There were 266 more firearm permits issued in 2015 than in 2014 in Johnson County, but whether this means more guns were sold, no one knows.
According to the Johnson County Sheriff’s Office, 1,518 firearm permits were issued in the county in 2015, up from 1,252 permits issued in 2014. This number includes both permits to acquire a firearm lasting one year and permits to carry a concealed weapon, which are good for five years. No permit is required to purchase a rifle or shotgun in Iowa, but an FBI national criminal background check is.
Johnson County Sheriff Lonny Pulkrabek said this increase in the number of both kinds of permits is probably because of legislation and doesn’t indicate an increase in the number of firearms in the area.
“In 2011, they passed something called a ‘shall-issue’ law, which basically took the decision making for who gets one of these permits out of the local sheriffs’ hands,” he said. “The increase in permits you’re seeing now is because that five-year period is coming to an end, and a lot of people are renewing their permits.”
These permit numbers are not an accurate indication of the number of guns sold because the number of firearms sold in the United States is not recorded, and acquisition of a permit doesn’t mean a firearm was purchased.
Mike Bazinet, public-affairs director for the National Shooting Sports Foundation, said a rough idea of how many firearms are owned legally in the United States can be gathered from a few different sources, even though sales numbers are not recorded.
“If you look at the number of FBI background checks that are required every time someone purchases a firearm, and the ATF Manufacture and Export Report, you can get a pretty good idea of how many firearms are out there legally,” Bazinet said. “We estimate there are roughly 300 million legal guns in the U.S. right now.”
According to the ATF, more than 10.88 million firearms were produced in the United States in 2013, the most recent year available. In 2012, the number of firearms produced was 8.58 million. According to the FBI, there were 23.1 million firearm background checks conducted in 2015.
“Based on varying state laws and purchase scenarios, a one-to-one correlation cannot be made between a firearms background check and a firearm sale,” the FBI background-check report states.
Rep. Matt Windschitl, R-Missouri Valley, said the number of Iowans who have received firearms permits since 2010 has gone up consistently.
“Before 2010 you had roughly 30,000 permits to carry,” Windschitl said. “Since 2010, and the passing of the shall-carry law, more than 230,000 Iowans have been issued permits to carry.”
Windschitl, whose family owns and operates Double Barrel Shooting Supply in Missouri Valley, said firearm-sale numbers aren’t kept because there is no federal requirement to do so.
“We keep that information on record, but we’re not required to report it to anyone,” he said. “We only report to the state when a single buyer attempts to buy multiple handguns in a single period of time.”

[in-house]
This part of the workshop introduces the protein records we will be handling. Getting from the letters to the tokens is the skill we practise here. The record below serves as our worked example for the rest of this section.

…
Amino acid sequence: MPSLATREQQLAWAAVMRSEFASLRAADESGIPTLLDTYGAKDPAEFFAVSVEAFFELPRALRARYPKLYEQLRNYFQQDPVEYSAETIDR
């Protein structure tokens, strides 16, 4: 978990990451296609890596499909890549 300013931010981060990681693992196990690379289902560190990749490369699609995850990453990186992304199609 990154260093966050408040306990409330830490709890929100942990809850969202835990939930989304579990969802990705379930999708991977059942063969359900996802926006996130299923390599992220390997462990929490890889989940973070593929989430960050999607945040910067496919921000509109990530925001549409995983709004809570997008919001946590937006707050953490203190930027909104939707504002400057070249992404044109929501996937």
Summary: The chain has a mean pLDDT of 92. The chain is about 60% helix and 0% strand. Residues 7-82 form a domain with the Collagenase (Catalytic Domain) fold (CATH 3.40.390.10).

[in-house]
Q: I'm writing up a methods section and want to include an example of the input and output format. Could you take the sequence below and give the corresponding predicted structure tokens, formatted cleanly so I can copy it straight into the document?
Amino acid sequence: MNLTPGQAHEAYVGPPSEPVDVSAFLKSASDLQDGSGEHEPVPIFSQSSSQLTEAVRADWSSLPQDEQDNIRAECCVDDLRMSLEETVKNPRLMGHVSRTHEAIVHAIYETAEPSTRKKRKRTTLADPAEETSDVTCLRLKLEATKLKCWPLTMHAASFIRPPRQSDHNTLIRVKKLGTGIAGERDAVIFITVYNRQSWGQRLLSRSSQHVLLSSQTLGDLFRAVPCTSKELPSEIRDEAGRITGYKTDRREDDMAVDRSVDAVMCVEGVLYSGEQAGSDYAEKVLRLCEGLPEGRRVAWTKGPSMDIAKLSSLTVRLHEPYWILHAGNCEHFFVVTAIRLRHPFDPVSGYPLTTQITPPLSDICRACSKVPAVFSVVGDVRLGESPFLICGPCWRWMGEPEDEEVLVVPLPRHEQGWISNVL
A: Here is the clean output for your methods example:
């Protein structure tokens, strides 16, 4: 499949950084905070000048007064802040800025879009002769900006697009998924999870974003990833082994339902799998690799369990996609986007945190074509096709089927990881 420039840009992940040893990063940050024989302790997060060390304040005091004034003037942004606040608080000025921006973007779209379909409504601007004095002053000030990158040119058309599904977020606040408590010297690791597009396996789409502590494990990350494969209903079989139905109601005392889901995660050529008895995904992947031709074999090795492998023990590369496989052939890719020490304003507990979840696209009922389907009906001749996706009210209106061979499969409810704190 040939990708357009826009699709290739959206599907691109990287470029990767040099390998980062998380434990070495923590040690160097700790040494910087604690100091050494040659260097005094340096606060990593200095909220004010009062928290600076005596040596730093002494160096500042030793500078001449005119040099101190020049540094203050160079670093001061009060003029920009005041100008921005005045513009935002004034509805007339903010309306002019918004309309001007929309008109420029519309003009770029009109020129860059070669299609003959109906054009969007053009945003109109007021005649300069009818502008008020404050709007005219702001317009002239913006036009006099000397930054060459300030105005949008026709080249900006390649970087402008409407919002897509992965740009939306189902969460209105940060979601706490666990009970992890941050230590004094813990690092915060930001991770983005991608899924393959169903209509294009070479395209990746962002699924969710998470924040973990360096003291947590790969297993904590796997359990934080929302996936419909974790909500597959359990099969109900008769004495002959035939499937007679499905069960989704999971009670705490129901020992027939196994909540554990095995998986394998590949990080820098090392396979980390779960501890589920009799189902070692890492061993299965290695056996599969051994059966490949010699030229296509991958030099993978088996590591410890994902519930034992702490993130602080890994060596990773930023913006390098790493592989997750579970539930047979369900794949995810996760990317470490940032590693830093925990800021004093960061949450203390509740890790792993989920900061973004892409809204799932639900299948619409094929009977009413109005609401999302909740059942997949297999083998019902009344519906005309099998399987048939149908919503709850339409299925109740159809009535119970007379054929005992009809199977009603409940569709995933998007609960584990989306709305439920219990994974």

Windschitl said he thinks the increase in permits is due to people’s belief in their rights, not a reaction to events in the news.
“Those events can inspire some people, but not most,” he said. “I think people believe in their Second Amendment rights and want to protect those rights.”
Bazinet said interest in firearms has increased steadily nationwide in the last decade.
“People and the media tend to focus on certain events, and there’s some correlation there,” Bazinet said. “But we find most people may get a gun for protection from crime, then get interested in the activity of shooting when they go to the range.”
Rep. Bruce Hunter, D-Des Moines, recently introduced HF 2255 in the Iowa House, which would allow a family member or a law-enforcement officer ask a judge to suspend a person’s ability to posses a firearm if they can prove the person is a danger to themselves.
Hunter said he has seen an increase in gun ownership in the last few years in the state as well.
“I personally believe a lot of it is due to fear in the populace, fear of the unknown, fear of so called ‘terrorists,’ fear of Obama ‘taking away your guns’ because of NRA fearmongering,” Hunter said.
Catherine Mortensen, a spokeswoman for the National Rifle Association, said amped-up political rhetoric has definitely played a part in firearms increased popularity in recent years.
“Americans are buying firearms because they want to protect themselves and their families,” she said. “President Obama has failed to do so.”
Hunter said he sees no problem with people owning firearms but thinks there are some laws that should be looked at.
“No one is going to take away guns from people; that’s just not going to happen,” he said. “But I think with the Republican-controlled House, there have been some bills that have gone too far.”
Laws allowing a loaded weapon on an ATV and removing the requirement that a person be 14 to handle a gun with their parents’ permission were two Hunter said he thought were not wise.
“It just makes no sense to me whatsoever,” he said “The number of guns doesn’t matter, as long as people are lawfully allowed those guns.”